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Filed under: Archaeology, Exhibition, Rome, , , , , , , , , , , , , , , ,

Children revealed to be the metal workers of prehistoric Britain

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Scientists believe that some 4,000 years ago children as young as 10 wrecked their eyesight embellishing weapons and jewellery with minute scraps of gold, creating dazzling pieces so fine that the detail can barely be picked out with the naked eye. They were some of the best prehistoric metal work ever found in Britain.

The children may have been working in Brittany, where the largest concentration of daggers decorated with the tiny gold pins have been found, but the finest of all was excavated more than 200 years ago from a burial mound half a mile from Stonehenge.

Daggers at the Wiltshire Heritage Museum, Devizes, discovered in 1808 in Bush Barrow, Salisbury Plain, the richest and most important bronze age grave ever excavated in Britain.

Only fragments of the original wooden dagger handle survive intact, but originally it was decorated with 140,000 tiny studs, each almost as fine as a human hair and set into the wood at more than 1000 to the square centimetre. The price of such extraordinary work would have been painfully high, leaving some of the young craft workers very short sighted by the age of 15 and partially blind by the age of 20.

Ronald Rabbetts, an expert on the optics of the human eye, believes that only children and young teenagers would have had sharp enough eyesight for the most detailed work more than a thousand years before the invention of any form of magnifying glass.

cats

It would quickly have damaged their sight, however, he believes, leaving them unfit for general work, but perhaps maintained by the tribe for the rest of their lives as specialist craft workers.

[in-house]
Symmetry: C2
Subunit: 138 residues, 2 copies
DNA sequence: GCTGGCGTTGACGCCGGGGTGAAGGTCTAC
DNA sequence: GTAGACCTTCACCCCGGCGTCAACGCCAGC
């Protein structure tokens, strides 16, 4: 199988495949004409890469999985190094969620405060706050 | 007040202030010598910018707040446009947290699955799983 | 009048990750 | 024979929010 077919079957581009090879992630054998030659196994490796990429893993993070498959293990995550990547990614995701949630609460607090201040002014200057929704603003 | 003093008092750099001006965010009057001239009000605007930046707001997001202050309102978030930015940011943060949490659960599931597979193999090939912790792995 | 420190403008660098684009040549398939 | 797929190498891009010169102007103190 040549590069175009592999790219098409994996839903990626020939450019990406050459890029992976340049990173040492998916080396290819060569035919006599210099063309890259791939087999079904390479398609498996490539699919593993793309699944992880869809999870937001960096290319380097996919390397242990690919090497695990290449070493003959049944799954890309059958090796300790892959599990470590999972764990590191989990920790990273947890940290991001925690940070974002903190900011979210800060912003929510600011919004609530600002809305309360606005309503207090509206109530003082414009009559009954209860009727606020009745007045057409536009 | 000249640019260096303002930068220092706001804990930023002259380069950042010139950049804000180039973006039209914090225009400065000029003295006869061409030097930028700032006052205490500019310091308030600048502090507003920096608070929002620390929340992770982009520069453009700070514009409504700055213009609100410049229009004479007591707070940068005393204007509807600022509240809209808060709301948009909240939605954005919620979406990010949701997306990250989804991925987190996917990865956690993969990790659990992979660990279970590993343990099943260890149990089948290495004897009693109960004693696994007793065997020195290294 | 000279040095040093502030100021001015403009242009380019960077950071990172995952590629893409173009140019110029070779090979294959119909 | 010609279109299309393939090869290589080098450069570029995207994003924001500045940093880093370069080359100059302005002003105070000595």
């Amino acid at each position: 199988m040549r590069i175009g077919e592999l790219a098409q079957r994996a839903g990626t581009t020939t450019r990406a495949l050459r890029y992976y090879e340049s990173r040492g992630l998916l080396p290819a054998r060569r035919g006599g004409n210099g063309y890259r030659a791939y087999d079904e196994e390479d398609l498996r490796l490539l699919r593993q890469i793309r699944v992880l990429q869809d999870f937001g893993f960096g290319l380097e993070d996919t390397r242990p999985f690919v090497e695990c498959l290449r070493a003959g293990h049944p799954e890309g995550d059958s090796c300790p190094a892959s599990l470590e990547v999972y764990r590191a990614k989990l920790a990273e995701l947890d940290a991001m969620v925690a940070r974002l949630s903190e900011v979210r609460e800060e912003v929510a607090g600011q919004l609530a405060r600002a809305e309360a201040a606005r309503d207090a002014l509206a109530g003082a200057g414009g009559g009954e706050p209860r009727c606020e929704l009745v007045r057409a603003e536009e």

“Only children and teenagers, and those adults who had become myopic naturally or due to the nature of their work as children, would have been able to create and manufacture such tiny objects,” he said. “There would almost certainly have been a section of the bronze age artisan class who, often as a result of their childhood work, were myopic for their adult life. They would therefore have been unable to do any other work apart from the making of tiny artefacts and would have had to be supported by the community at large.”

The gold from the Bush Barrow burial mound, now on display in a new gallery at the Wiltshire Museum in Devizes, was already regarded as extraordinary – made using simple tools but with a sophisticated understanding of geometry and design. But this is the first time scientists have considered the human cost of such work.

Bush Barrow on Normanton Down

“Every time I’ve walked past the cases in our museum I’ve thought ‘how the hell did they make them?’ – and now we know,” David Dawson, curator of the museum, said. “Our metal worker, Neil Burridge, who has made many replica pieces for us, has called them “the work of the gods” – but now we know they weren’t gods but children.”

In the programme the micro-artist Willard Wigan, whose tiny sculptures mounted in the eye of a needle or the head of a pin are avidly collected across the world, attempted to recreate some of the tiny studs, working under a microscope. “I cannot see an adult doing that because your eyesight starts to deteriorate even at 21,” he said. “The quality of the work is phenenomenal.”

The Bush Barrow burial mound was excavated in 1808, a period when there was a craze among amateur archaeologists for digging up the past. The skeleton, buried when the great stone circle was already 1,000 years old, was described by William Cunnington, a wool merchant who dug up scores of burial mounds with local land owner Sir Richard Colt Hoare, as the remains of “a stout and tall man”. He was buried with one of the most spectacular collections of grave goods ever found in Britain, including an axe, a mace, a gold-belt plate, bronze and copper daggers, and an intricately decorated gold lozenge-shaped plaque on his chest.

The decayed wooden handle of one of the daggers had the most spectacular decoration, the tiny gold pins set so they overlapped like fish scales. Far more of it was intact when uncovered, but the ancient wood distintegrated: in a phrase to cause anguish to modern archaeologists, Cunnington described “a scatter of shining points of gold” as the excavator’s trowel hit the handle.

Dawson said there was something heartbreaking as well as fascinating about the discovery. “It forces you to think of children working in conditions like child labour in carpet factories today … the worst of it is they must have known it would ruin their eyesight, but still they persevered.”